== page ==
The upcoming forecast was not favorable for another outside passage, so we returned to the ICW on Wednesday to continue South.  Our departure had to be timed with an hourly bridge opening, tides and current.  The upcoming Elliott Cut was tricky, we had been warned, so we decided on a short travel day in exchange for safety, leaving the Charleston anchorage in the early afternoon.  We misjudged how long it would take to get the bridge, getting there far too early, needing to spin and idle until the14:30h bridge opening.  Aside from feeling a definite pull in Elliott Cut, it posed no issues and its water depth was not a concern.  We anchored for the night in Buzzard’s Roost. 

Thursday, we had the anchor up and were motoring by 9h with a plan to travel about 30NM and be anchored once again before dark.  It was an uneventful day but we did notice we were regularly seeing palm trees mixed among the other trees along the shore.  We anchored at Racoon Island for the night with the goal to get to Beaufort, SC tomorrow.  (There is a Beaufort, NC and a Beaufort, SC, spelled the same, but pronounced differently). 

We continued along the ICW on Friday morning.  The shores along this stretch of the ICW (along the Ashepoo and Coosaw Rivers) are lined with tall and beautiful tri-coloured grass.  We passed fishing boats pulling in their catch and several crab boats, who were throwing off cast aways to nearby pelicans.  The pelicans were floating at a mellow, respectable distance and gave only a cool nod upon swallowing, that seem to say “thanks man.”  I spent a good part of the day downstairs oiling the cabin teak, which I hadn’t had time to tackle for a couple of years.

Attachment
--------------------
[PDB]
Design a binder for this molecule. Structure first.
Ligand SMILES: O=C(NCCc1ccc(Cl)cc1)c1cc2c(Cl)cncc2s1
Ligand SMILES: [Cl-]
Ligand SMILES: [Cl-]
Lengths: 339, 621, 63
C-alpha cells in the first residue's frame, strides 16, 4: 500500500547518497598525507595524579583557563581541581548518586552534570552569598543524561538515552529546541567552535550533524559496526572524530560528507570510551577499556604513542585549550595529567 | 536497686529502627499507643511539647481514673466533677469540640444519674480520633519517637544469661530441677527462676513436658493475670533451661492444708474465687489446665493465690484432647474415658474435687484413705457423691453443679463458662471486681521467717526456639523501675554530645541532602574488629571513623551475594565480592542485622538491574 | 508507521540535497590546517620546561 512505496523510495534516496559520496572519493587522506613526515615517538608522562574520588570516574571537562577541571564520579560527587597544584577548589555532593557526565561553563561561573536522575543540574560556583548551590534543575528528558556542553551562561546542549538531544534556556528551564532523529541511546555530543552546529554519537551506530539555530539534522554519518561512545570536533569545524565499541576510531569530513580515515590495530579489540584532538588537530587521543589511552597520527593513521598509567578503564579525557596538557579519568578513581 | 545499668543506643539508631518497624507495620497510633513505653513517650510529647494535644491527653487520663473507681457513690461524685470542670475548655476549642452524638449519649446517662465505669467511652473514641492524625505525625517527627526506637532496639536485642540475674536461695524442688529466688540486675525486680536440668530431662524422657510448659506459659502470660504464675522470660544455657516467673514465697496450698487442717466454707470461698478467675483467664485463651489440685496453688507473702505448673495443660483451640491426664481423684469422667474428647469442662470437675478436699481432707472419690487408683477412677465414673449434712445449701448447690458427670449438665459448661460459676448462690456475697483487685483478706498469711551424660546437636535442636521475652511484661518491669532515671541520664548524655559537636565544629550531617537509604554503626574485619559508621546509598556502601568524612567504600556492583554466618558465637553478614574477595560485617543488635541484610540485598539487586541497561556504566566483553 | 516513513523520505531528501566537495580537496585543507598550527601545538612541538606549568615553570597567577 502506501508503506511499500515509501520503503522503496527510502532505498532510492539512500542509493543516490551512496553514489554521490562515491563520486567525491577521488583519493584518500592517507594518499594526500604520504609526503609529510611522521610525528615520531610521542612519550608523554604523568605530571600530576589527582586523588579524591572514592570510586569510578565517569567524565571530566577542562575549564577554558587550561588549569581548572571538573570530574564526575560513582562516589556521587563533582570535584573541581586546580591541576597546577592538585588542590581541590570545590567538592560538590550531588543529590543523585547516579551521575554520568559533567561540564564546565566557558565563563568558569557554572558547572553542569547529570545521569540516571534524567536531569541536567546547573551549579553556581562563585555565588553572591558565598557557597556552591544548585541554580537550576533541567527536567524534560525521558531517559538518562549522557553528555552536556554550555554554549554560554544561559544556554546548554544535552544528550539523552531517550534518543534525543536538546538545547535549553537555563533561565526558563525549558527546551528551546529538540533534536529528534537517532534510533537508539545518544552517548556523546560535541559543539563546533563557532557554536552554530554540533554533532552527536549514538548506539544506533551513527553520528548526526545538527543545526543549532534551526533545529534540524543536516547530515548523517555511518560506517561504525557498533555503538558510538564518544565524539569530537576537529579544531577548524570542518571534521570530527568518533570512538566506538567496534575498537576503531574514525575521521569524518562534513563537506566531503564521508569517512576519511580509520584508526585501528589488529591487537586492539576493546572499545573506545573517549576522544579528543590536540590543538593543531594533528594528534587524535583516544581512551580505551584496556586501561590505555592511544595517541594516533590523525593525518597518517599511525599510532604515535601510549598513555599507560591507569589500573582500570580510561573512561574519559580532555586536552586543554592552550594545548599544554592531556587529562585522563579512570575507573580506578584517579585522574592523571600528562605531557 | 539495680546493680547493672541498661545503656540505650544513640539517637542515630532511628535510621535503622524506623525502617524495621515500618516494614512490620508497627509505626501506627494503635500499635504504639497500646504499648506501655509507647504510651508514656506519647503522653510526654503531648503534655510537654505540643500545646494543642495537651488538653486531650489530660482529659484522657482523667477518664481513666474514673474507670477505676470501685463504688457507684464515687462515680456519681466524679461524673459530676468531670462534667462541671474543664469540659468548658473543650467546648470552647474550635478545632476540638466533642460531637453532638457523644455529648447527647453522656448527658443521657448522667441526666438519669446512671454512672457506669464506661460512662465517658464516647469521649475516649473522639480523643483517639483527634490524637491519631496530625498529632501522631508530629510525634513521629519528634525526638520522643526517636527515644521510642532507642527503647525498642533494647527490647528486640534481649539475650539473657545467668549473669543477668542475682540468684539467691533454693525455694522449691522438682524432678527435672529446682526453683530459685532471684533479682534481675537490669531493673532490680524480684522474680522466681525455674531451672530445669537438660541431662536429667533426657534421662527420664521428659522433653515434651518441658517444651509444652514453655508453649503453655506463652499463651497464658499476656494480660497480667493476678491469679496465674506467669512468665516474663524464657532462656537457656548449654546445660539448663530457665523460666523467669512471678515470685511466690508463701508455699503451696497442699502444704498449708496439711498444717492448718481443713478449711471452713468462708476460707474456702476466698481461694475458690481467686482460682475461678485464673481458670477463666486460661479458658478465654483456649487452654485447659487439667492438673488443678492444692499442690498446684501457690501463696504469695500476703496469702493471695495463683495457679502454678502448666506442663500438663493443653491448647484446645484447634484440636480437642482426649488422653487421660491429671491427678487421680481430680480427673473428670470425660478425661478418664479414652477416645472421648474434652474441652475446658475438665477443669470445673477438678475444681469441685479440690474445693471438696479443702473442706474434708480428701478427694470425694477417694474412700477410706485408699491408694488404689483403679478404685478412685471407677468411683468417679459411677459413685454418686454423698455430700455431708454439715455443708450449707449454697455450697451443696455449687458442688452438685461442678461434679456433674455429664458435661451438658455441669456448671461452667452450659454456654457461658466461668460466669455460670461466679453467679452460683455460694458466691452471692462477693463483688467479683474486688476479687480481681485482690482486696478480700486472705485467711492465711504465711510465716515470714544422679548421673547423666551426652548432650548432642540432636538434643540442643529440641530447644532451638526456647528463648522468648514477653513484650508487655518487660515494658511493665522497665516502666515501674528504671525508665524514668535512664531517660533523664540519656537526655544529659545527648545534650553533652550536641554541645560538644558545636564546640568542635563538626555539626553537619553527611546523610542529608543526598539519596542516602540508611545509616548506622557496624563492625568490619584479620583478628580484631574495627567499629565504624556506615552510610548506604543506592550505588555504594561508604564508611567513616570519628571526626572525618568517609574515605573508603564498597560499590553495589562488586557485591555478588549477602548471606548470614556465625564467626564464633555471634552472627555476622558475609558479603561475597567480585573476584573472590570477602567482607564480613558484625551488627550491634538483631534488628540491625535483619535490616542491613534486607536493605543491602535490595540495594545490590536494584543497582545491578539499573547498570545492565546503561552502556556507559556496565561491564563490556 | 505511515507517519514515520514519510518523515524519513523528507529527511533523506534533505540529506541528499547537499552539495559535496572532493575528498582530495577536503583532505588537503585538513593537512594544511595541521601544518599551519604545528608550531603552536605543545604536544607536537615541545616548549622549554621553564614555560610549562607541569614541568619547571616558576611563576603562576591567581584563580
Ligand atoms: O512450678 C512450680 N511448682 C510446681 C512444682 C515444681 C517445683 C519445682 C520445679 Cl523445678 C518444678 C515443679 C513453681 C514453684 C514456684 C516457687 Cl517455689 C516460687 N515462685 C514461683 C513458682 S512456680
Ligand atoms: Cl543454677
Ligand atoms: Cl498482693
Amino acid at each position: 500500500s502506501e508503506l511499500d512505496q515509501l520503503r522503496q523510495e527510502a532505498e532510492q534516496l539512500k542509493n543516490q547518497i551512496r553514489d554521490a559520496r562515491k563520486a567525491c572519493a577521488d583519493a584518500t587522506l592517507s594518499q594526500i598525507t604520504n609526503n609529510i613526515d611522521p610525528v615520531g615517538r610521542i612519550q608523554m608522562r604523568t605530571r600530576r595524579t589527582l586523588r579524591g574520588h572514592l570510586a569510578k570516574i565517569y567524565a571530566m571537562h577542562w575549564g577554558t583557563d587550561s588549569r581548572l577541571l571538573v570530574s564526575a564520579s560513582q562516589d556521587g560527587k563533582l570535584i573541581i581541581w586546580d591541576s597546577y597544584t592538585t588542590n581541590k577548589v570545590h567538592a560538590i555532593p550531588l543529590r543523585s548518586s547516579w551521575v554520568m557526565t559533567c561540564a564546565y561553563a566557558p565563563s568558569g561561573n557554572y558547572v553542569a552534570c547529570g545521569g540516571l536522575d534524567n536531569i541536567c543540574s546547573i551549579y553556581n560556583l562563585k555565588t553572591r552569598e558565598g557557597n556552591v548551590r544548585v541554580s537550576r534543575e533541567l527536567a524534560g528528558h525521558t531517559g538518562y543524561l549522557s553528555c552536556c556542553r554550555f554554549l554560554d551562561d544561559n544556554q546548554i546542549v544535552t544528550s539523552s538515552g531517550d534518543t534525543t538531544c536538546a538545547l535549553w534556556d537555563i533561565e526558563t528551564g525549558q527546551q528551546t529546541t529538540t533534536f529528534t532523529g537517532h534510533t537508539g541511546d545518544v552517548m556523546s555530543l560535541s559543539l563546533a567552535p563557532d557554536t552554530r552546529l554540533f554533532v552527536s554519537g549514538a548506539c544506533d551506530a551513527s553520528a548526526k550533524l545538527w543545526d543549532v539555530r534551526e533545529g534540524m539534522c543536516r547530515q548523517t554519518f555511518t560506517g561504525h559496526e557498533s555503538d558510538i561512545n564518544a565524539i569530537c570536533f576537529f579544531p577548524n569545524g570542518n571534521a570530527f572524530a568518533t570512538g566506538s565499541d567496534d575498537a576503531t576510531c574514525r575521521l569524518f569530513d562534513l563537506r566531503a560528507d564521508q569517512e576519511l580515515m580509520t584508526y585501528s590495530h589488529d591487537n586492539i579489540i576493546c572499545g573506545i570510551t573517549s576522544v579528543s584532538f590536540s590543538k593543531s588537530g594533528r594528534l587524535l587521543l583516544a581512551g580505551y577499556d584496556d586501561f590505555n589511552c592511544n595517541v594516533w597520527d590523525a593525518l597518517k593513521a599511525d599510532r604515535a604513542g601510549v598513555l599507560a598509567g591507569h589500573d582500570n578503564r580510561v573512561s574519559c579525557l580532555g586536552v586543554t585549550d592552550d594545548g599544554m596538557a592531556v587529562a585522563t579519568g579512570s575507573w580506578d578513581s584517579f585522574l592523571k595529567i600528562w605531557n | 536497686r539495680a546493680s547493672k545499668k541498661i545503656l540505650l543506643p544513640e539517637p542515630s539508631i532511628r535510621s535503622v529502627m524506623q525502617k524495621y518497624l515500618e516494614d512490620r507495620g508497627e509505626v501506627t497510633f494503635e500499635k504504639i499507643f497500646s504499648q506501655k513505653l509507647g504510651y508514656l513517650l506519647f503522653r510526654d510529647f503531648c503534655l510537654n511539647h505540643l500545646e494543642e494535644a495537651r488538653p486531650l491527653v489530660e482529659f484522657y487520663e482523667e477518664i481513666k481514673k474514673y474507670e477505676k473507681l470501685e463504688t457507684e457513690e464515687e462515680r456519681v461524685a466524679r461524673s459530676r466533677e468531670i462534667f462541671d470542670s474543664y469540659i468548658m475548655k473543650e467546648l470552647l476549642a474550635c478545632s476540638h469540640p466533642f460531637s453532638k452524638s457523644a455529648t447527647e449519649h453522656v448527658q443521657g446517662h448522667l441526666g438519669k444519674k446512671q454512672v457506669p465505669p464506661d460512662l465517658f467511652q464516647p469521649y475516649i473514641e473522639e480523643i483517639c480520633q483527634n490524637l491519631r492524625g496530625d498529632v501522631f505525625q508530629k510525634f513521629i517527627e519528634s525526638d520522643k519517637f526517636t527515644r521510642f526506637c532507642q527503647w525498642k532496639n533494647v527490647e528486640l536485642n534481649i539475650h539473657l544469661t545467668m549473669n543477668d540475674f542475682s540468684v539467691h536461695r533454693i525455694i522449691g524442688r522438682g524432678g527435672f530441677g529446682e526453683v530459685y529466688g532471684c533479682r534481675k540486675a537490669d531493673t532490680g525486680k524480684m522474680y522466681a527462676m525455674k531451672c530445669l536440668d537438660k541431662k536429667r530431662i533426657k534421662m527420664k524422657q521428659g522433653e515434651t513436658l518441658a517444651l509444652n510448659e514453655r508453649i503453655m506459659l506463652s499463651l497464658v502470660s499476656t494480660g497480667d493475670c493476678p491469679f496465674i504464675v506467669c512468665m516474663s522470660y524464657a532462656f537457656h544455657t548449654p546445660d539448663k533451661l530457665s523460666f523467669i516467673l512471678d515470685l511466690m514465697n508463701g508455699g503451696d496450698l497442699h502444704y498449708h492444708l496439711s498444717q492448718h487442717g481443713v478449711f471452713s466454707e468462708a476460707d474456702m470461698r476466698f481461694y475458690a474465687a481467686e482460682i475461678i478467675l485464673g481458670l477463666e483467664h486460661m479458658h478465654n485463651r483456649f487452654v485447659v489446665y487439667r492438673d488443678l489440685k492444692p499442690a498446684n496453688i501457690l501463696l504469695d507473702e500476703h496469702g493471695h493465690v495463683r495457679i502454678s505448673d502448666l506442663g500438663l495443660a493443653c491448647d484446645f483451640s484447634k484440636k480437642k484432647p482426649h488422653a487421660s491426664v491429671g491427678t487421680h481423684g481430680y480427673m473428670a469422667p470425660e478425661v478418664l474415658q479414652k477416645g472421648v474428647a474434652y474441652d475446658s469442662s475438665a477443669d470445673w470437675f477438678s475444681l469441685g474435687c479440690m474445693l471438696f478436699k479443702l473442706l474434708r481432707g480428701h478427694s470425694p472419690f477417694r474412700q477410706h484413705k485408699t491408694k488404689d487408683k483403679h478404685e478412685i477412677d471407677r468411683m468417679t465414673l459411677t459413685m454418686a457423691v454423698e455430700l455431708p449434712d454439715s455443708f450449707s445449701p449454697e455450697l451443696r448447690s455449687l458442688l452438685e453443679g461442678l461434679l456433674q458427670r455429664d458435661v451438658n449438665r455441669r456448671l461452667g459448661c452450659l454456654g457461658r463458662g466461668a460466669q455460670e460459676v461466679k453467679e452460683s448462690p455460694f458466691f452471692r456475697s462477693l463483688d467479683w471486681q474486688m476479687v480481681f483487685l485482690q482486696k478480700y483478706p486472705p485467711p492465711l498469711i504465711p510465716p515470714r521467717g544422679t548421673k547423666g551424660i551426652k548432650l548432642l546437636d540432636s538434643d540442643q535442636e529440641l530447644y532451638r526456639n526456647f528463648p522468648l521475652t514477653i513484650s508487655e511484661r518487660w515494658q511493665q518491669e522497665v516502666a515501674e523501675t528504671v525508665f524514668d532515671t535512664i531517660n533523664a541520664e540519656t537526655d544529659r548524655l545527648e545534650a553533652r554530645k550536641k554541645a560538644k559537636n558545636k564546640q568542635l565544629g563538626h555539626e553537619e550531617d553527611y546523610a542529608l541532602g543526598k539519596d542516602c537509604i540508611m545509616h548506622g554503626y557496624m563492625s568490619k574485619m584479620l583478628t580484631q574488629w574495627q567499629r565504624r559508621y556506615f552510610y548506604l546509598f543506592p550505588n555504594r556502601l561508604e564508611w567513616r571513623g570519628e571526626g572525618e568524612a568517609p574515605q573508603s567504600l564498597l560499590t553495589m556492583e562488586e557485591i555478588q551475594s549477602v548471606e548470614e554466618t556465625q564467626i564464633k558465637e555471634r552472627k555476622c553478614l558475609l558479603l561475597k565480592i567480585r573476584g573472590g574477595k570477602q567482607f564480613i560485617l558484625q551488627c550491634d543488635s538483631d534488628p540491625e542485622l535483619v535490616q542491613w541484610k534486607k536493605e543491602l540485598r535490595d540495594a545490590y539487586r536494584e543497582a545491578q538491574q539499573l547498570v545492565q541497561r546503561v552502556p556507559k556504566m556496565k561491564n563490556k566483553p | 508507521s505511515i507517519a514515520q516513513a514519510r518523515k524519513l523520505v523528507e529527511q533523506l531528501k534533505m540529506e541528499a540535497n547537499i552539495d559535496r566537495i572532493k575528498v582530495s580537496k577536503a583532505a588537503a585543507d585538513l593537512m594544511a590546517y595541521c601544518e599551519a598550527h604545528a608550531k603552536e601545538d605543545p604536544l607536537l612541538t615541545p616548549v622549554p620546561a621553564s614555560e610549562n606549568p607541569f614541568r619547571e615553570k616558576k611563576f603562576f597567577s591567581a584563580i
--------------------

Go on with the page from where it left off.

The motor to Beaufort should have been uneventful but wasn’t.  I was in the aft cabin finishing up the lower part of the door when I heard our engine die.  We were in a narrow part of the ICW.  I ran upstairs, and Shane scrambled to figure out what the problem was.  He suspected a fuel supply issue.  We threw down our anchor to stop from running aground.  We ended up with our stern dangling in the channel and having to hail passing boats with warnings and sheepish apologies, while also calling Sea Tow for assistance.  About 20 minutes later, while on hold for the Sea Tow captain and while Shane was still sleuthing, he popped his head up into the cockpit and asked if I had shut off the engine battery switch.  Me: “Definitely not.”  Him: “Were you in the aft cabin?” Me:  “Yep – just cleaning.”  Him: “Well you must have knocked it off. He flipped the switch and got the motor running. I pulled the anchor to make sure we had propulsion before cancelling Sea Tow. We did – Foggy was moving. I issued my formal apologies to the Captains of Foggy and Sea Tow, and on we went.  Once we were anchored in Beaufort, I went back downstairs to finish the oiling job, and sure enough when I crouched down, my butt hit the battery switch.  

We were ready to get off the boat, walk and decompress as soon as we arrived in Beaufort.  I bought a book at McIntosh Book Store, a cute store that sells collectors and new books.  I bought one by local author, Patti Callahan, called Surviving Savannah, about the sinking of the Pulaski, which maybe wasn’t the best choice for this adventure.  It is a great read though.  We then visited two art galleries, before rounding out our cultural experience at a couple of bars, he he.  We had the best muscles we’ve ever had at a Mexican restaurant called La Nopalera Restaurant.  In fact they were so good, the broth should have been La Nopalera’s soup of the day.  While we were waiting for said muscles, we met a lovely fellow from Nigeria, who organizes safaris and was in town for a wedding.  His food arrived before ours, and he didn’t hesitate to push it towards us to share.  We enjoyed his company and hearing about his work, country and family.  The night ended under a gazebo with a local drumming circle; Shane can play some mean congas!

Fun fact:  We heard a three different explanations about what causes the popping sound around our boat hull (shrimp, fish eating from the hull and fish swimming into the hull).  But, the correct answer appears to be pistol/snapping shrimp.  Their claws close at a speed high enough to form a vapour bubble which creates a popping sound when it collapses.